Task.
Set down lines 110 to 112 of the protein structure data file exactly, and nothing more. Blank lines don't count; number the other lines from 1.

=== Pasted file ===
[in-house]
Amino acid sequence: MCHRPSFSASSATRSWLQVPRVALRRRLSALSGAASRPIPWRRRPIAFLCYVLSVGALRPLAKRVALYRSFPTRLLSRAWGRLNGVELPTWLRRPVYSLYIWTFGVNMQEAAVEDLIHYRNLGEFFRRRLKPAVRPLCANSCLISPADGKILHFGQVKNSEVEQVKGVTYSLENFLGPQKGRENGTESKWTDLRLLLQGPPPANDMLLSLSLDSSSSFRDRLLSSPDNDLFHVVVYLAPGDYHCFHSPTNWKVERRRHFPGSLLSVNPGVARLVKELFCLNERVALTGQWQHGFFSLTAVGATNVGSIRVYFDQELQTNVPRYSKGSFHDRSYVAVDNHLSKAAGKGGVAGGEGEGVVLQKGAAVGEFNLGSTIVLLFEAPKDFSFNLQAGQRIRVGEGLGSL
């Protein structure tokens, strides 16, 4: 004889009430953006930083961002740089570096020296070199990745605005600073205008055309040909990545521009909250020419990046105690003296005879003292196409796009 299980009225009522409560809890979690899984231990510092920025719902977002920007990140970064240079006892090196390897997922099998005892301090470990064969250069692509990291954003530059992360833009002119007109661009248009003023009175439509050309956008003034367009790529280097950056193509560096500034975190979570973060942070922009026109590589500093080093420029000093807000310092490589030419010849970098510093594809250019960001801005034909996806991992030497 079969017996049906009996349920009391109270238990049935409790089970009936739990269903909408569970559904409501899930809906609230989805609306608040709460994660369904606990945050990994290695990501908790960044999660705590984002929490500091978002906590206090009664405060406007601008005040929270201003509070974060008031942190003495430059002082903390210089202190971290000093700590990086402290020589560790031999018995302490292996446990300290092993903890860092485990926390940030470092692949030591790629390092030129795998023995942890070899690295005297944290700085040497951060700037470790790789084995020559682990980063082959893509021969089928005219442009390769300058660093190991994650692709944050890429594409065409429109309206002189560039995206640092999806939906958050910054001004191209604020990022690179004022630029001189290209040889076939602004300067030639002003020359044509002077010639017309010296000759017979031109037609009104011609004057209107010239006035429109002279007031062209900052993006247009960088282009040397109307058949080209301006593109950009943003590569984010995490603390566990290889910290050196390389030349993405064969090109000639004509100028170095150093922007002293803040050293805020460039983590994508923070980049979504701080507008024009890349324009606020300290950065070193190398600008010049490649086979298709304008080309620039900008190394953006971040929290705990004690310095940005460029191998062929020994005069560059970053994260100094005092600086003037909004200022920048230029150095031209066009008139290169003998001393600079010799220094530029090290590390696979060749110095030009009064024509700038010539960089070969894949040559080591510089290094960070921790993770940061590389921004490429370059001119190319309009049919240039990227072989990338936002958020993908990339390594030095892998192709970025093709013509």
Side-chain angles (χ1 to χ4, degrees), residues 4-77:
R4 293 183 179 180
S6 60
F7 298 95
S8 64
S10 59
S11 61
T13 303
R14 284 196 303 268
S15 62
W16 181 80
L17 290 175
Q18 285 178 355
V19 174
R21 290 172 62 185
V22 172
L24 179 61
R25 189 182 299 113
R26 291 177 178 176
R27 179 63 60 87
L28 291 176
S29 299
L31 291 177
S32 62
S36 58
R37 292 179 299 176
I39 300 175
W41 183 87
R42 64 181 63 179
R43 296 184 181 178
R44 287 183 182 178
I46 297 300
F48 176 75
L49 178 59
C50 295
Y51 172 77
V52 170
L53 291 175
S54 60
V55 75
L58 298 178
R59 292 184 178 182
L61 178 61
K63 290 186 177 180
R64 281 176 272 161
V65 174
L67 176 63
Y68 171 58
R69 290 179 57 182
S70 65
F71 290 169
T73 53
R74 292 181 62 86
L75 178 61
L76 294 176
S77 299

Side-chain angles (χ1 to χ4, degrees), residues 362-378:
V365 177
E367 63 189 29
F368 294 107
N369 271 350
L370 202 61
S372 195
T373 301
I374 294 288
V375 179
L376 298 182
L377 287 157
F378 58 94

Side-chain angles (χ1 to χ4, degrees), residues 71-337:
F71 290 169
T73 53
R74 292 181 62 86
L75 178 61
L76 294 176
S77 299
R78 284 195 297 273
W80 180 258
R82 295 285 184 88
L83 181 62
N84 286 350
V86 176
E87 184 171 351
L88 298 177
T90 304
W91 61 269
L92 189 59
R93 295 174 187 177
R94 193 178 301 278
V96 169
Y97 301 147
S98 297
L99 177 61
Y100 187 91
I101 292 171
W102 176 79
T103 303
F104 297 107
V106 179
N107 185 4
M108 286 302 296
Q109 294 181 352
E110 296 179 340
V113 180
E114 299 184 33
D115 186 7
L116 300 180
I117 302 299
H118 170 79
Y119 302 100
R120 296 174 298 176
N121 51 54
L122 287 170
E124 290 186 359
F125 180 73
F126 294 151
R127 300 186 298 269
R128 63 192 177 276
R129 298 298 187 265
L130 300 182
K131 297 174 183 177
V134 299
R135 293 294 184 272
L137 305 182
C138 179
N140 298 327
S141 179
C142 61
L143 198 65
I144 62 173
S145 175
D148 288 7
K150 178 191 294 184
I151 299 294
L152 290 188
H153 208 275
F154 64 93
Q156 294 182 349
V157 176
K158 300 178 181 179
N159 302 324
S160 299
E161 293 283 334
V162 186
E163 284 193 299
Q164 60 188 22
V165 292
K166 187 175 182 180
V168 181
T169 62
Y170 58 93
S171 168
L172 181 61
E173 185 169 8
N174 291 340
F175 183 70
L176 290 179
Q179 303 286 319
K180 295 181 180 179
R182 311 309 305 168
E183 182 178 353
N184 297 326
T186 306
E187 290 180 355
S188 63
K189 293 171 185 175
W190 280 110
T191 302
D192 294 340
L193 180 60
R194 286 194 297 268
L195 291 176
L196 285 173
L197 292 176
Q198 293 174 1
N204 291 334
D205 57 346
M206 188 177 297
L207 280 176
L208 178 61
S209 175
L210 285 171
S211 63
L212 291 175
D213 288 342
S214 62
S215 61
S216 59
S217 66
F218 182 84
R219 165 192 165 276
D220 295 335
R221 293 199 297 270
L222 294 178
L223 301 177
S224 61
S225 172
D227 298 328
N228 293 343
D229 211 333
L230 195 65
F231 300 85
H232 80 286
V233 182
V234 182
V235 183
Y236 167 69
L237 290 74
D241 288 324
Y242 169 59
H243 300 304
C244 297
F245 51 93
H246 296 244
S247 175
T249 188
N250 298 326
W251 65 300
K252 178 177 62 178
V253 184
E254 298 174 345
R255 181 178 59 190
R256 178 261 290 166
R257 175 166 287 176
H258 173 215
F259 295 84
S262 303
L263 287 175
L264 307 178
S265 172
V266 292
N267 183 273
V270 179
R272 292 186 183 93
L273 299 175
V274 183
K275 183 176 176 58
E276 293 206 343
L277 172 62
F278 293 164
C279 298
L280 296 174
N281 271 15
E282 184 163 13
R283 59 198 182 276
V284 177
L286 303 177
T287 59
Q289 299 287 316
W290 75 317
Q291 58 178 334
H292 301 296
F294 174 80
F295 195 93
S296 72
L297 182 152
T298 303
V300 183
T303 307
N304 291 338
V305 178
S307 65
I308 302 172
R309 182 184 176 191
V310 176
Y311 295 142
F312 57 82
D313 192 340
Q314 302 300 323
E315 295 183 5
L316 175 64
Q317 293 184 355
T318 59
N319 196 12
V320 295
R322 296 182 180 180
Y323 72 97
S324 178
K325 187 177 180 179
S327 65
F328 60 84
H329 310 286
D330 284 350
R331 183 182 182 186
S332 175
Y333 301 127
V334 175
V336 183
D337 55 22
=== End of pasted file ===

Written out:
L116 300 180
I117 302 299
H118 170 79